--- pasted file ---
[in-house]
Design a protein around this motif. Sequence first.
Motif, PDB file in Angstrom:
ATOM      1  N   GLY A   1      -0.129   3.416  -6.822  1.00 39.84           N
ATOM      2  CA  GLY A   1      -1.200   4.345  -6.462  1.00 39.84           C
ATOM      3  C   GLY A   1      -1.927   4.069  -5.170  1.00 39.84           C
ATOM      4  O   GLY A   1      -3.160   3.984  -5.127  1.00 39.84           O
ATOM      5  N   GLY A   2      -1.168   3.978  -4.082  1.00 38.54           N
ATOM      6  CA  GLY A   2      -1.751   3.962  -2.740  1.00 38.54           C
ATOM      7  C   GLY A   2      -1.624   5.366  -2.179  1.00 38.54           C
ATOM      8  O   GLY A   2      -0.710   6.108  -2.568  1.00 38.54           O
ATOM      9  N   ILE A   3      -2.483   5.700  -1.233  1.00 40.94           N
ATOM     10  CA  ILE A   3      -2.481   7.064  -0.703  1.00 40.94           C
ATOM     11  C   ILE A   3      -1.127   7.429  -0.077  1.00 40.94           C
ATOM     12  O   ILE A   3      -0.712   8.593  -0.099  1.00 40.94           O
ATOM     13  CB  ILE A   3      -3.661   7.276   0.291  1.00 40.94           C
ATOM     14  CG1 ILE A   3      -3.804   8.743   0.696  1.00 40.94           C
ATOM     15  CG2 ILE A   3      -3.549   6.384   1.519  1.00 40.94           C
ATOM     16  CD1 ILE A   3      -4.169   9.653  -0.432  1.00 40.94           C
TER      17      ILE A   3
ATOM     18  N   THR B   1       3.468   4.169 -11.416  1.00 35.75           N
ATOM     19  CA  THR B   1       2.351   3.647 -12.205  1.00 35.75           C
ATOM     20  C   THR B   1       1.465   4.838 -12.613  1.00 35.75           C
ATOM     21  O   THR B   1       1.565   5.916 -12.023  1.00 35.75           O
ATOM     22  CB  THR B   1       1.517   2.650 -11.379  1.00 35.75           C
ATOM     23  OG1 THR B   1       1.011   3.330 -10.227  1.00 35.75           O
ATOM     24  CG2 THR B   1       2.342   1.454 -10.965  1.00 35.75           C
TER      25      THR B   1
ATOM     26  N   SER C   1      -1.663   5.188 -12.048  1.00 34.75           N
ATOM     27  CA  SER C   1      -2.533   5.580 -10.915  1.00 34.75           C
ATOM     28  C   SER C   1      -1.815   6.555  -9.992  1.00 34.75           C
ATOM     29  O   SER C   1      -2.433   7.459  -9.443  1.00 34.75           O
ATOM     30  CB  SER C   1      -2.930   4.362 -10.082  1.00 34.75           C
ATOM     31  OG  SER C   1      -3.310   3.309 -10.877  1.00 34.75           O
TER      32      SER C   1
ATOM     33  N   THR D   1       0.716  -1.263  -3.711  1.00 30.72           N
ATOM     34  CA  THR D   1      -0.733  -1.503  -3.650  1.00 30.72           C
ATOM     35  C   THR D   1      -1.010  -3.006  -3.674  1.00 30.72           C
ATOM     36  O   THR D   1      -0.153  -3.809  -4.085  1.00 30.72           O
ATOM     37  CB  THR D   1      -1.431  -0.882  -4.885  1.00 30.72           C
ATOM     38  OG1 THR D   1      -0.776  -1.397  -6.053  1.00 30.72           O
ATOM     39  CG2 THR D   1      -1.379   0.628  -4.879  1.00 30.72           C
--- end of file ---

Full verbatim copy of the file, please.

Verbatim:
[in-house]
Design a protein around this motif. Sequence first.
Motif, PDB file in Angstrom:
ATOM      1  N   GLY A   1      -0.129   3.416  -6.822  1.00 39.84           N
ATOM      2  CA  GLY A   1      -1.200   4.345  -6.462  1.00 39.84           C
ATOM      3  C   GLY A   1      -1.927   4.069  -5.170  1.00 39.84           C
ATOM      4  O   GLY A   1      -3.160   3.984  -5.127  1.00 39.84           O
ATOM      5  N   GLY A   2      -1.168   3.978  -4.082  1.00 38.54           N
ATOM      6  CA  GLY A   2      -1.751   3.962  -2.740  1.00 38.54           C
ATOM      7  C   GLY A   2      -1.624   5.366  -2.179  1.00 38.54           C
ATOM      8  O   GLY A   2      -0.710   6.108  -2.568  1.00 38.54           O
ATOM      9  N   ILE A   3      -2.483   5.700  -1.233  1.00 40.94           N
ATOM     10  CA  ILE A   3      -2.481   7.064  -0.703  1.00 40.94           C
ATOM     11  C   ILE A   3      -1.127   7.429  -0.077  1.00 40.94           C
ATOM     12  O   ILE A   3      -0.712   8.593  -0.099  1.00 40.94           O
ATOM     13  CB  ILE A   3      -3.661   7.276   0.291  1.00 40.94           C
ATOM     14  CG1 ILE A   3      -3.804   8.743   0.696  1.00 40.94           C
ATOM     15  CG2 ILE A   3      -3.549   6.384   1.519  1.00 40.94           C
ATOM     16  CD1 ILE A   3      -4.169   9.653  -0.432  1.00 40.94           C
TER      17      ILE A   3
ATOM     18  N   THR B   1       3.468   4.169 -11.416  1.00 35.75           N
ATOM     19  CA  THR B   1       2.351   3.647 -12.205  1.00 35.75           C
ATOM     20  C   THR B   1       1.465   4.838 -12.613  1.00 35.75           C
ATOM     21  O   THR B   1       1.565   5.916 -12.023  1.00 35.75           O
ATOM     22  CB  THR B   1       1.517   2.650 -11.379  1.00 35.75           C
ATOM     23  OG1 THR B   1       1.011   3.330 -10.227  1.00 35.75           O
ATOM     24  CG2 THR B   1       2.342   1.454 -10.965  1.00 35.75           C
TER      25      THR B   1
ATOM     26  N   SER C   1      -1.663   5.188 -12.048  1.00 34.75           N
ATOM     27  CA  SER C   1      -2.533   5.580 -10.915  1.00 34.75           C
ATOM     28  C   SER C   1      -1.815   6.555  -9.992  1.00 34.75           C
ATOM     29  O   SER C   1      -2.433   7.459  -9.443  1.00 34.75           O
ATOM     30  CB  SER C   1      -2.930   4.362 -10.082  1.00 34.75           C
ATOM     31  OG  SER C   1      -3.310   3.309 -10.877  1.00 34.75           O
TER      32      SER C   1
ATOM     33  N   THR D   1       0.716  -1.263  -3.711  1.00 30.72           N
ATOM     34  CA  THR D   1      -0.733  -1.503  -3.650  1.00 30.72           C
ATOM     35  C   THR D   1      -1.010  -3.006  -3.674  1.00 30.72           C
ATOM     36  O   THR D   1      -0.153  -3.809  -4.085  1.00 30.72           O
ATOM     37  CB  THR D   1      -1.431  -0.882  -4.885  1.00 30.72           C
ATOM     38  OG1 THR D   1      -0.776  -1.397  -6.053  1.00 30.72           O
ATOM     39  CG2 THR D   1      -1.379   0.628  -4.879  1.00 30.72           C